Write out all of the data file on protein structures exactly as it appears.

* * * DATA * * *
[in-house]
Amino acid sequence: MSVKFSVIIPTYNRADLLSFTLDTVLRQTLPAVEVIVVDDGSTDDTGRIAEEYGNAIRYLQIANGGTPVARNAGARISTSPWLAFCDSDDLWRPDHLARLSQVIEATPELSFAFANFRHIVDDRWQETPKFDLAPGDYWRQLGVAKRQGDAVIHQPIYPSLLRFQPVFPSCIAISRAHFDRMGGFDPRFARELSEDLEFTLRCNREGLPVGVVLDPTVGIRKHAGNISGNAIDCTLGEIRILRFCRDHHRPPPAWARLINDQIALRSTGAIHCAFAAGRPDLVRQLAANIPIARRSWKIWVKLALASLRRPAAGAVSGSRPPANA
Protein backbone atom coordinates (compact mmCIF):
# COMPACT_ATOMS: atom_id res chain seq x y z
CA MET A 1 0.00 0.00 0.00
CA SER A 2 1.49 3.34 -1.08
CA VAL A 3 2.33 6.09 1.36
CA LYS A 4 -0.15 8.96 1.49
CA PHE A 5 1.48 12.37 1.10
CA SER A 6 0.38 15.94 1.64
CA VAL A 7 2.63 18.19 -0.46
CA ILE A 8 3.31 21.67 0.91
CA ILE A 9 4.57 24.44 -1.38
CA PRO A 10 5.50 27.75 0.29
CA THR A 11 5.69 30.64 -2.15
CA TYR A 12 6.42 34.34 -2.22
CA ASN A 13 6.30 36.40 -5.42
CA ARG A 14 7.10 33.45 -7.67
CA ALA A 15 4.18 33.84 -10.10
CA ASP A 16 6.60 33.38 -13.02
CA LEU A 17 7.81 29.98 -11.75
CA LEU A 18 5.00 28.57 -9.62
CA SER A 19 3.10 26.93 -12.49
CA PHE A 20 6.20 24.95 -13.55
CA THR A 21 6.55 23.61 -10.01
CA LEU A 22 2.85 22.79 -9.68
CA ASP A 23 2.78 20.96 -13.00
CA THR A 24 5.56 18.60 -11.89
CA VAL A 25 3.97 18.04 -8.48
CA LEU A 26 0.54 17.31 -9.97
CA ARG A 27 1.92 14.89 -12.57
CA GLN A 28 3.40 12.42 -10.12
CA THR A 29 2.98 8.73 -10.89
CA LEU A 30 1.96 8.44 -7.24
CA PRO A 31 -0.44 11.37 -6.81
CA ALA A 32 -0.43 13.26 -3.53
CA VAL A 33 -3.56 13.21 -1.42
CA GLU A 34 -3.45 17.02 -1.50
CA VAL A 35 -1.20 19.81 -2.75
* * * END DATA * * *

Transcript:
[in-house]
Amino acid sequence: MSVKFSVIIPTYNRADLLSFTLDTVLRQTLPAVEVIVVDDGSTDDTGRIAEEYGNAIRYLQIANGGTPVARNAGARISTSPWLAFCDSDDLWRPDHLARLSQVIEATPELSFAFANFRHIVDDRWQETPKFDLAPGDYWRQLGVAKRQGDAVIHQPIYPSLLRFQPVFPSCIAISRAHFDRMGGFDPRFARELSEDLEFTLRCNREGLPVGVVLDPTVGIRKHAGNISGNAIDCTLGEIRILRFCRDHHRPPPAWARLINDQIALRSTGAIHCAFAAGRPDLVRQLAANIPIARRSWKIWVKLALASLRRPAAGAVSGSRPPANA
Protein backbone atom coordinates (compact mmCIF):
# COMPACT_ATOMS: atom_id res chain seq x y z
CA MET A 1 0.00 0.00 0.00
CA SER A 2 1.49 3.34 -1.08
CA VAL A 3 2.33 6.09 1.36
CA LYS A 4 -0.15 8.96 1.49
CA PHE A 5 1.48 12.37 1.10
CA SER A 6 0.38 15.94 1.64
CA VAL A 7 2.63 18.19 -0.46
CA ILE A 8 3.31 21.67 0.91
CA ILE A 9 4.57 24.44 -1.38
CA PRO A 10 5.50 27.75 0.29
CA THR A 11 5.69 30.64 -2.15
CA TYR A 12 6.42 34.34 -2.22
CA ASN A 13 6.30 36.40 -5.42
CA ARG A 14 7.10 33.45 -7.67
CA ALA A 15 4.18 33.84 -10.10
CA ASP A 16 6.60 33.38 -13.02
CA LEU A 17 7.81 29.98 -11.75
CA LEU A 18 5.00 28.57 -9.62
CA SER A 19 3.10 26.93 -12.49
CA PHE A 20 6.20 24.95 -13.55
CA THR A 21 6.55 23.61 -10.01
CA LEU A 22 2.85 22.79 -9.68
CA ASP A 23 2.78 20.96 -13.00
CA THR A 24 5.56 18.60 -11.89
CA VAL A 25 3.97 18.04 -8.48
CA LEU A 26 0.54 17.31 -9.97
CA ARG A 27 1.92 14.89 -12.57
CA GLN A 28 3.40 12.42 -10.12
CA THR A 29 2.98 8.73 -10.89
CA LEU A 30 1.96 8.44 -7.24
CA PRO A 31 -0.44 11.37 -6.81
CA ALA A 32 -0.43 13.26 -3.53
CA VAL A 33 -3.56 13.21 -1.42
CA GLU A 34 -3.45 17.02 -1.50
CA VAL A 35 -1.20 19.81 -2.75